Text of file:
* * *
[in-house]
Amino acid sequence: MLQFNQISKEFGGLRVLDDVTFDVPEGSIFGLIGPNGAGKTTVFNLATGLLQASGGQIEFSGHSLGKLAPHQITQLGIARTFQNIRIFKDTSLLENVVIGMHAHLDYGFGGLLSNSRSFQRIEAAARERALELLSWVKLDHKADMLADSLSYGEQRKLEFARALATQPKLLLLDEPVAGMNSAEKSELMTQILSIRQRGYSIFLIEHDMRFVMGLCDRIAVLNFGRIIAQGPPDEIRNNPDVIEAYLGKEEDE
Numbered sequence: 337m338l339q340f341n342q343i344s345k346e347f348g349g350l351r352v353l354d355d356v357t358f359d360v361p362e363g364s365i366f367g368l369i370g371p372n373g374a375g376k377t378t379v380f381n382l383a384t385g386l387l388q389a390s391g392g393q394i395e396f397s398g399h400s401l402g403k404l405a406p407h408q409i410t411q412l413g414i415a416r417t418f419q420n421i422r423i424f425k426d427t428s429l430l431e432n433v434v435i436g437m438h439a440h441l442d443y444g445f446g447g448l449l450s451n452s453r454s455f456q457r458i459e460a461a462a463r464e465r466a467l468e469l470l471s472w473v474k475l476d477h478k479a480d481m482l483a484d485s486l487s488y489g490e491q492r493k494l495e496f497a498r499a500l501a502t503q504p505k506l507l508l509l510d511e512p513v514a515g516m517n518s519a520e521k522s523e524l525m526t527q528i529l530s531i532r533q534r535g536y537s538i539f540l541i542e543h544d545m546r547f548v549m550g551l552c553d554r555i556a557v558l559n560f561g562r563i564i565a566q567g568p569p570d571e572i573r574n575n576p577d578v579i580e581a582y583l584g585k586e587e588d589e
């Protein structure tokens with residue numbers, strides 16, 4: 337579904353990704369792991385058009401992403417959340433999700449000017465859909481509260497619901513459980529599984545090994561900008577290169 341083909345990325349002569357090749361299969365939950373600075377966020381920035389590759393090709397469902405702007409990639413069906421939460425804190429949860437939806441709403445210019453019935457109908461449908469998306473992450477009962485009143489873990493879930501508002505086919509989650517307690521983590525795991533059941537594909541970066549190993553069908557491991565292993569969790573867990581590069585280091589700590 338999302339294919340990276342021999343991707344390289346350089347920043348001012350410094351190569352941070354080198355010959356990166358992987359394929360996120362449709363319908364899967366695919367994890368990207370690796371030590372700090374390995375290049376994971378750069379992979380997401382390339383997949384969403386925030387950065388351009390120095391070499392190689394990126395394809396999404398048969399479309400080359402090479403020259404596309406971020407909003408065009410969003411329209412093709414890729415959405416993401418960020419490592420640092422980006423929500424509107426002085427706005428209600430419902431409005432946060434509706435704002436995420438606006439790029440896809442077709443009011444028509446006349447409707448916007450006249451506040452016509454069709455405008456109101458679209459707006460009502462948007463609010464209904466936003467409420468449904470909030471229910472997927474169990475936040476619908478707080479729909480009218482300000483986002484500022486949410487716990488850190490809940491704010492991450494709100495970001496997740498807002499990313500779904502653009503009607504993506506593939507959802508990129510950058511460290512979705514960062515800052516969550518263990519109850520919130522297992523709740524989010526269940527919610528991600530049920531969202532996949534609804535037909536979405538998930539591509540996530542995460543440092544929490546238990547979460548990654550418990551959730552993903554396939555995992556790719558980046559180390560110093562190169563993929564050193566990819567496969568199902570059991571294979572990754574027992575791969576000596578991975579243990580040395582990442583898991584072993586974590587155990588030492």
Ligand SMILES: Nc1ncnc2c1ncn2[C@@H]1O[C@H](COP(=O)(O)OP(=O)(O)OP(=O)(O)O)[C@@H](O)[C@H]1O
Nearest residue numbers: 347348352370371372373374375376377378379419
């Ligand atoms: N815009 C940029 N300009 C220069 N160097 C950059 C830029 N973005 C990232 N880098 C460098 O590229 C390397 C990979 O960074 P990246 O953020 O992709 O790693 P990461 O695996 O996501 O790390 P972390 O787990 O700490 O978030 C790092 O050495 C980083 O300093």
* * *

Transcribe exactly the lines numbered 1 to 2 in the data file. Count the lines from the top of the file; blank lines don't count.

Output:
[in-house]
Amino acid sequence: MLQFNQISKEFGGLRVLDDVTFDVPEGSIFGLIGPNGAGKTTVFNLATGLLQASGGQIEFSGHSLGKLAPHQITQLGIARTFQNIRIFKDTSLLENVVIGMHAHLDYGFGGLLSNSRSFQRIEAAARERALELLSWVKLDHKADMLADSLSYGEQRKLEFARALATQPKLLLLDEPVAGMNSAEKSELMTQILSIRQRGYSIFLIEHDMRFVMGLCDRIAVLNFGRIIAQGPPDEIRNNPDVIEAYLGKEEDE